brokers lu New York, a Miss Tennessee, who
used to prac'ice as a "magnetic physiciunr' in
-It is said thal the French Emperer, while
conversing with an ambassador, suddenly
touched on the topic of thc Auteuil tragedy,
and stated that he fully expected that Prince
Pierre would be acquitted, as there was evi?
dence to show that he had been strnck.
-Godbe, the seceding Mormon elder, is the
husband ol' four wives and the lather of seven?
teen children. Upon being excommunicated
lie told his plural wives they could have di?
vorces if they chose, and he would divide his
properly pro nita between them. They pre?
ferred to remain.
BEHIND THE FOOTLIGHTS.
The Pay of Actors and Actresses.
The writer of dramatic gossip In the New
York Tnrf, Field and Farm, in the lost number
of that journal, says :
Madame Tostee, In the first year she was
here, made five thousand francs a month du?
ring eight months. The second year she made
eight thousand per month. Every cent of this
was carefully put away in thoCaisse d'Ehargnc
in Paris. Mlle. Irma (who is talking of com?
ing back here.) made six thousand francs a
month; Madame Desclauzas, five thousand;
Rose Bell, five thousand, and very little of it
found circulation in New York. Bu: these are
exceptional cases, and lt must not be supposed
that all foreign actresses who have starving
wages in their own country can make a for?
tune here. It was only the effervescence of
opera bouffe that permitted such extravagance
on the part of managers. And sec how. lamen?
tably lt all ended. Bateman did well the first
year. Grau thought to do better, also went
into opera bouffe, and killed not only Bate?
man, (which rather gladdened him,) but him?
self. Yet thc acme of salaries has not yet
been reached by opera bouffe. Operatic sala?
ries go a great deal higher. Lefrnnc, who is
now singing at the Academy of Music, and is
worth one dozen Brlgnolis rolled into one, is
paid $2000 per month for ten performances.
Madame de.Briol gets $1600 for the same num?
ber of performances. But we can go yet
higher. At a lime not very far distant weare to
be favored with the two queens of thc lyric art,
PATTI AND NILSSON,
thc first of whom is under engagement to Mau?
rice and Max Strakoscli for the rall of 1871, and
tho latter to Jarrett & Palmor for the spring of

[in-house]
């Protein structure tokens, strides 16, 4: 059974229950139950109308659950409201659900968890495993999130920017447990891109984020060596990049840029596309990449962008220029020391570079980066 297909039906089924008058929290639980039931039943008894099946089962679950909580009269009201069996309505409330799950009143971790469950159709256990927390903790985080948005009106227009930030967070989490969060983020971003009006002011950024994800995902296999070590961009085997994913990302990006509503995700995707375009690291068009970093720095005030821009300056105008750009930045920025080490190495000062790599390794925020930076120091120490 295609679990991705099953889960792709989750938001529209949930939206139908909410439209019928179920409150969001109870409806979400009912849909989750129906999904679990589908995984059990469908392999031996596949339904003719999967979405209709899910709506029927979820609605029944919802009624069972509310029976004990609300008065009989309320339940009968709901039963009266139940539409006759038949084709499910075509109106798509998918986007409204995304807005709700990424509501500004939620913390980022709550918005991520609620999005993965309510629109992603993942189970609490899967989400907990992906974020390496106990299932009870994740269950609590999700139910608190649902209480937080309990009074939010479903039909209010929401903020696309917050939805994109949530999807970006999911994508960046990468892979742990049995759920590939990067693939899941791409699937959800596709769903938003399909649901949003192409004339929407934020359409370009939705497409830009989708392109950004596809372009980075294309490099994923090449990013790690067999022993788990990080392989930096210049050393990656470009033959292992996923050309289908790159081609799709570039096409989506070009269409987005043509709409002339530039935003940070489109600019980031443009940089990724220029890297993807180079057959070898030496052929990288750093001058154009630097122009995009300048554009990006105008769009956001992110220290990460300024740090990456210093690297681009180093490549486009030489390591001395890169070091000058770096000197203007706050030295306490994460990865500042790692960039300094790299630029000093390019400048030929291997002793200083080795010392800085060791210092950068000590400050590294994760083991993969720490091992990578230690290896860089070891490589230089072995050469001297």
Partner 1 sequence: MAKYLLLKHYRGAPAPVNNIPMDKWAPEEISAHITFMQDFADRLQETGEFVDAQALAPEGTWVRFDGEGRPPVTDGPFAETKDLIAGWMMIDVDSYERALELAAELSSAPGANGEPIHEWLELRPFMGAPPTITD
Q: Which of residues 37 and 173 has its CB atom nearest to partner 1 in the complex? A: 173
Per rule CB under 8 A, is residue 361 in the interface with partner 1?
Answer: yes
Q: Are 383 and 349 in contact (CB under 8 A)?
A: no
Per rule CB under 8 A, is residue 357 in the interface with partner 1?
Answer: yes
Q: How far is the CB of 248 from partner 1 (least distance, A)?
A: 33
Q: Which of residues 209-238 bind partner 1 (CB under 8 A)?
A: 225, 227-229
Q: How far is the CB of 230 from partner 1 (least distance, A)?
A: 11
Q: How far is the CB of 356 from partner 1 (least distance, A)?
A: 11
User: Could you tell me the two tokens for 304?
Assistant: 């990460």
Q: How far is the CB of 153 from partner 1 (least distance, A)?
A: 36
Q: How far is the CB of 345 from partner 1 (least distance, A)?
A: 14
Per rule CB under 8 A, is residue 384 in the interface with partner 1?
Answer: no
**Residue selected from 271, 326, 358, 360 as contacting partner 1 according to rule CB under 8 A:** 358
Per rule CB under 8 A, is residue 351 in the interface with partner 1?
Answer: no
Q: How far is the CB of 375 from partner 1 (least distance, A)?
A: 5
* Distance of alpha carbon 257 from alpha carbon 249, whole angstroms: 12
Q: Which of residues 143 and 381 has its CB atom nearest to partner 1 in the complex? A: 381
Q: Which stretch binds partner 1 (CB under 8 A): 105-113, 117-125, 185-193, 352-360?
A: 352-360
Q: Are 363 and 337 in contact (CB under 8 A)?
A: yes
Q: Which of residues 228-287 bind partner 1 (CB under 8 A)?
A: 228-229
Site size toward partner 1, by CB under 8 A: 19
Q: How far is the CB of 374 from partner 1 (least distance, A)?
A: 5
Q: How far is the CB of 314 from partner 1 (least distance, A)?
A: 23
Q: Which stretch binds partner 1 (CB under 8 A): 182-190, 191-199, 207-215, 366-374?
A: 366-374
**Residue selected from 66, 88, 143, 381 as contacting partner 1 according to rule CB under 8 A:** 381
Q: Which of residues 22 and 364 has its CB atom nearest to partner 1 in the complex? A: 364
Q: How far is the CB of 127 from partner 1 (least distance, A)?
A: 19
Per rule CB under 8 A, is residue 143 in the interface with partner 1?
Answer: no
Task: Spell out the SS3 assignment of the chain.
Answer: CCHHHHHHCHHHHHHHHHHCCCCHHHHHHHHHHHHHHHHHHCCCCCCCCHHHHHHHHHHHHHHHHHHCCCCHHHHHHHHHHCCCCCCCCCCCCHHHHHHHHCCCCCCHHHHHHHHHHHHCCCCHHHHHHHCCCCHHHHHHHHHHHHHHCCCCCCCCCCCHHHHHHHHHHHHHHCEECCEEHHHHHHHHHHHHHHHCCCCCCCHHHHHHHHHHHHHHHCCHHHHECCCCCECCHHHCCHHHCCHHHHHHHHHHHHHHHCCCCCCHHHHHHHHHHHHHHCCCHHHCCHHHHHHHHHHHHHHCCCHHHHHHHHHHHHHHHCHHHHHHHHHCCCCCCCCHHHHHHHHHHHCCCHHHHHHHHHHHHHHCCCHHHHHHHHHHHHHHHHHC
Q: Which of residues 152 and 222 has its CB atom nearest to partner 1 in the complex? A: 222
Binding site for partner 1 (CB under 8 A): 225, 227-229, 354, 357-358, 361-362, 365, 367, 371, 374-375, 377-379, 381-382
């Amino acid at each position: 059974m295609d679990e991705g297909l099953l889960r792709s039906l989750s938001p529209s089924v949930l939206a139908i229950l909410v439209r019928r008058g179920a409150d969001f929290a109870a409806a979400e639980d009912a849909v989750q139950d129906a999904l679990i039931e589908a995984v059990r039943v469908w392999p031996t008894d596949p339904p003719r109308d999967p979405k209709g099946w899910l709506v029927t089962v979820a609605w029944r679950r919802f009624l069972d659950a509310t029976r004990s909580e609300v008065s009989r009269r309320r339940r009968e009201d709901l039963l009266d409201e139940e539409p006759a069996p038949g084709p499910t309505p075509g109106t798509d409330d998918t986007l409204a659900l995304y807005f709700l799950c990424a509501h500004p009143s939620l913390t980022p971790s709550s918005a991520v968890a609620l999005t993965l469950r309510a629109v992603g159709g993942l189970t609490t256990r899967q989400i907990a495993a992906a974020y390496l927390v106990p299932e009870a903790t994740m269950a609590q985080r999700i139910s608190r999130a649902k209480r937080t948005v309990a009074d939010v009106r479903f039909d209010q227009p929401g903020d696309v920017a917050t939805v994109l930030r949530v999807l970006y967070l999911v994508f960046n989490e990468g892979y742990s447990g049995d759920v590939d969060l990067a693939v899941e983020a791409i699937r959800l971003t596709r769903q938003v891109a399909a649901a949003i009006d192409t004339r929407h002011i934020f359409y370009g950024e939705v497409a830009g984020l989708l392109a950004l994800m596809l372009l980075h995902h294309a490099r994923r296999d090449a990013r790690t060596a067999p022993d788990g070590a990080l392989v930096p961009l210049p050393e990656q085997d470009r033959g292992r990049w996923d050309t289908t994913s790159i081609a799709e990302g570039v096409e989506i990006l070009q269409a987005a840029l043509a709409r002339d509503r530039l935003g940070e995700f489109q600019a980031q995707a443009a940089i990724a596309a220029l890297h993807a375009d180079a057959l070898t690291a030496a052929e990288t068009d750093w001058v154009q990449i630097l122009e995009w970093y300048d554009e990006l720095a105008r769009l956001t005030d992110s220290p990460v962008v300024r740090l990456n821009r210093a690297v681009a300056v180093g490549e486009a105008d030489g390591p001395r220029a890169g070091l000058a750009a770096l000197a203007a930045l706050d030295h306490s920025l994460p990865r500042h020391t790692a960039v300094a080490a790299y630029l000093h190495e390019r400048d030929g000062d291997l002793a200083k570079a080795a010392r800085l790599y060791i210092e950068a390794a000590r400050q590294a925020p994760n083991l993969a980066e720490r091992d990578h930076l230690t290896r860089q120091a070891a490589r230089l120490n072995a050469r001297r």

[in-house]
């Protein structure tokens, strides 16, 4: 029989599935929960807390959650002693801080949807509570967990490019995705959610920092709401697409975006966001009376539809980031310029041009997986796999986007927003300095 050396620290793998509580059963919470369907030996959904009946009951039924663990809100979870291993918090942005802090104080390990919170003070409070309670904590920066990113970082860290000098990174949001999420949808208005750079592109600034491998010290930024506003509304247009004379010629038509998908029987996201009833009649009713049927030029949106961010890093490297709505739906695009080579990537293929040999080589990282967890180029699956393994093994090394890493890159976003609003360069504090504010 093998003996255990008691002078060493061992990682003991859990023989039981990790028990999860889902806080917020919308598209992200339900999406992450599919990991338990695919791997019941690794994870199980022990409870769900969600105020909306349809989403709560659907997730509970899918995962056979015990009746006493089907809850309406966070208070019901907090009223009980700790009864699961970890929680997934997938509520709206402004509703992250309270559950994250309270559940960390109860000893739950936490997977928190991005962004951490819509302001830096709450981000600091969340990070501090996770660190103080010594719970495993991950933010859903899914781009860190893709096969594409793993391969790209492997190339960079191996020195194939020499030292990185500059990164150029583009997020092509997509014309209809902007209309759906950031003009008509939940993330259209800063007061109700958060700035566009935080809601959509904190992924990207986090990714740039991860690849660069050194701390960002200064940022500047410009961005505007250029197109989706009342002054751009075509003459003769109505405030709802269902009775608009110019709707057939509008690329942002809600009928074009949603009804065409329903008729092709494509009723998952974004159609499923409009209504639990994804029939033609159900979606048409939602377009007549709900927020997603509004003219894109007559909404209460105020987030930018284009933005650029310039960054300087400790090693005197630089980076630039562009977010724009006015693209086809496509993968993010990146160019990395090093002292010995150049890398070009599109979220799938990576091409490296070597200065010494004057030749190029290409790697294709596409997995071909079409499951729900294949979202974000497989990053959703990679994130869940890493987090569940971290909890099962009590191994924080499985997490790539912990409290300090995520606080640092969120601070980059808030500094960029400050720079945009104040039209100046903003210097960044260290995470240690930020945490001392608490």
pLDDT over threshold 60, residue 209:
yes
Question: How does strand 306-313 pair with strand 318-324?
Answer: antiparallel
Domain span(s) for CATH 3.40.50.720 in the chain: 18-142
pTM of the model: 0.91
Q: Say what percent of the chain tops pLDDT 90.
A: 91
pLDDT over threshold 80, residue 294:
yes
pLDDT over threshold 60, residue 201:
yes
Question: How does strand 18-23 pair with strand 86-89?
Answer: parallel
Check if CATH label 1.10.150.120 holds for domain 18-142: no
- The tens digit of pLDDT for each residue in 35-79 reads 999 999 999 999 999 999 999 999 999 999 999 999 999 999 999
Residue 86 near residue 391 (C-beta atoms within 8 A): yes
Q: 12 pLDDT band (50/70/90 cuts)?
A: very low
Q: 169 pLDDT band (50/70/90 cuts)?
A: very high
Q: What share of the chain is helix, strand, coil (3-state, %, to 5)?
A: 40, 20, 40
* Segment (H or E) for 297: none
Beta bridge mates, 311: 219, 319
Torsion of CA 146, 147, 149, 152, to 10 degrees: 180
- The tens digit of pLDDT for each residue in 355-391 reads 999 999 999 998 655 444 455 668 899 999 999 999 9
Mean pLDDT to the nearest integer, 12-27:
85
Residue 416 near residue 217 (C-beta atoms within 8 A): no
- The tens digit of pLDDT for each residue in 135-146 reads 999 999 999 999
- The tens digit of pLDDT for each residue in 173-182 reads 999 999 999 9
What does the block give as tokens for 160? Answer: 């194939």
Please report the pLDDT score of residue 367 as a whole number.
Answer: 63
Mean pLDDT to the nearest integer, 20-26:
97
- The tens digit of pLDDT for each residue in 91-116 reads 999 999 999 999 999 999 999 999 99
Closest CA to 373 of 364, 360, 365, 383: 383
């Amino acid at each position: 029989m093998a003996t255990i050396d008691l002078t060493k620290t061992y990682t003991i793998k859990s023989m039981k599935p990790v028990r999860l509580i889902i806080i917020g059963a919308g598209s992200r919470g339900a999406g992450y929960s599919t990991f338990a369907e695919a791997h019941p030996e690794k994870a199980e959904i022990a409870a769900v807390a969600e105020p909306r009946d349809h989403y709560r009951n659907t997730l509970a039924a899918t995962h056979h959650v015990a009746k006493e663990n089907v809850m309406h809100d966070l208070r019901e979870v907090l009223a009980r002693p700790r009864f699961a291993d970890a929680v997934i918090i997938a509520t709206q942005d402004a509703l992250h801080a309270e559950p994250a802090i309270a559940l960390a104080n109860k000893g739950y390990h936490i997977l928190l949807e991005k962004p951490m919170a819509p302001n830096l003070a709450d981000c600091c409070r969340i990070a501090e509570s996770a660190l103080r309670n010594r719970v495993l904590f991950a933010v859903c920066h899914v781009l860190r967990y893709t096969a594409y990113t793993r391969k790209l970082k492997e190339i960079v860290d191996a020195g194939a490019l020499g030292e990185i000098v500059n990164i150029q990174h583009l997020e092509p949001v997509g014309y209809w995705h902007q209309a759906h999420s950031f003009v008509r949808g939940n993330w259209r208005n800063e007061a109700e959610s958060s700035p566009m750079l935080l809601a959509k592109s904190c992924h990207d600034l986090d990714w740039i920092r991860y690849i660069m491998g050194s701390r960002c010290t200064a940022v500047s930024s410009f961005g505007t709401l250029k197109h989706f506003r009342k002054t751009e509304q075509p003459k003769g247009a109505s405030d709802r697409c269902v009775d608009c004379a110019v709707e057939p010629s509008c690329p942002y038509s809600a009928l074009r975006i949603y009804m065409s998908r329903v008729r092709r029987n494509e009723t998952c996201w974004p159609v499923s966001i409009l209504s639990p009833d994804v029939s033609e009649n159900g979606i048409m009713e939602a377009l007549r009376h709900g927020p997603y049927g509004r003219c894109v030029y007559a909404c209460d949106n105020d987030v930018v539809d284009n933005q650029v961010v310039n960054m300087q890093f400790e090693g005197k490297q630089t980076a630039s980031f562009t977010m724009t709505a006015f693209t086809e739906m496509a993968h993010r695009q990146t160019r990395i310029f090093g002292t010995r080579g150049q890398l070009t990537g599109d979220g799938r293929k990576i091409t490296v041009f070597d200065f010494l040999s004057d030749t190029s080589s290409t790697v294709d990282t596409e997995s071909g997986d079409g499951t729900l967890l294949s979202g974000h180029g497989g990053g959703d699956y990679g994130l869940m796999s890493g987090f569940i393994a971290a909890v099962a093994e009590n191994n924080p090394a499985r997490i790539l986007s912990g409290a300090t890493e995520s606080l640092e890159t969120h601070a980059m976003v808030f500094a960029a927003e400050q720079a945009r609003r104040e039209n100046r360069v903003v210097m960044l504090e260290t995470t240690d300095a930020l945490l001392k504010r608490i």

1872. Patti ls engaged for one year, and du?
ring the year she ls to give one hundred per?
formances, for which she will receive $2000 in
gold each performance. Max tells us that he
will put thc sailo at $3 and $5, and at these
prices he can make money, not otherwise
that is, if Patti's voice holds out till 1871. Thc
voice is so fragile an organ that it can never
safely bo speculated on. Nilsson is also en?
gaged for one hundred nights, at $1000 in gold
each pcrtormancc, besides travelling expenses
of ail kinds, and expenses of a suit of four per?
sons. Another person who commands a price is
recently engaged by Harry Palmer when ho
was in Europe. We know not exactly the
terms of thc present engagement, but, as
Fechter swore never to come over here at less
than $500 per night, wc presume that is what
he gets. Fechter is a Frenchman, and 'still
preserves the foreign accent; so much so, in?
deed, lhat one must have become accustomed
to him before he can be thoroughly under?
stood. But he is a splendid actor in the ro?
mantic drama. Dawlson, when he was herc,
received $1000 a night. Hermann Hendricks
and Heinrich Heins ditto. Fanny Janauschek
manages her own business. Of other foreign
artists it is unnecessary to speak apart, for
they are identified with our own theatres. The
LYDIA TUOMP30N TROUPE,
tor instance, has become acclimatized, and by
thc way, reappear at Niblo's in March. Miss
Lydia's terms are half the gross receipts, and
she pays her company. Its members receive
from $50 to $?00. Pauline Markham had $100
at tue Tammany, and now gets $150 travelling
with the Blende Brigade of British Burlesquers.
have a uniform rate. It ls fifty per cent, on
thc gross receipts. This is what Lotta receives
at Niblo's; what Lucille Western receives at
the Grand Opera House, and In fact what they
nil receive. It then entirely depends on their
own efforts whether they make money or not.
These arc the terms of John Owens, Joe Jef
ferson and Barney Williams. Thc first is the
richest actor In America. Ile is worth $800,000;
Jefferson comes next, and ls worth, we be?
lieve, $500,000; and Barney Williams, $400,000.
Jefferson, in his recent engagement, at Booth's,
made, in seven weeks, $27,000. He then went
over to Brooklyn, and in four nichts drr.tvovor
$8uUo, which nu divided with the manager.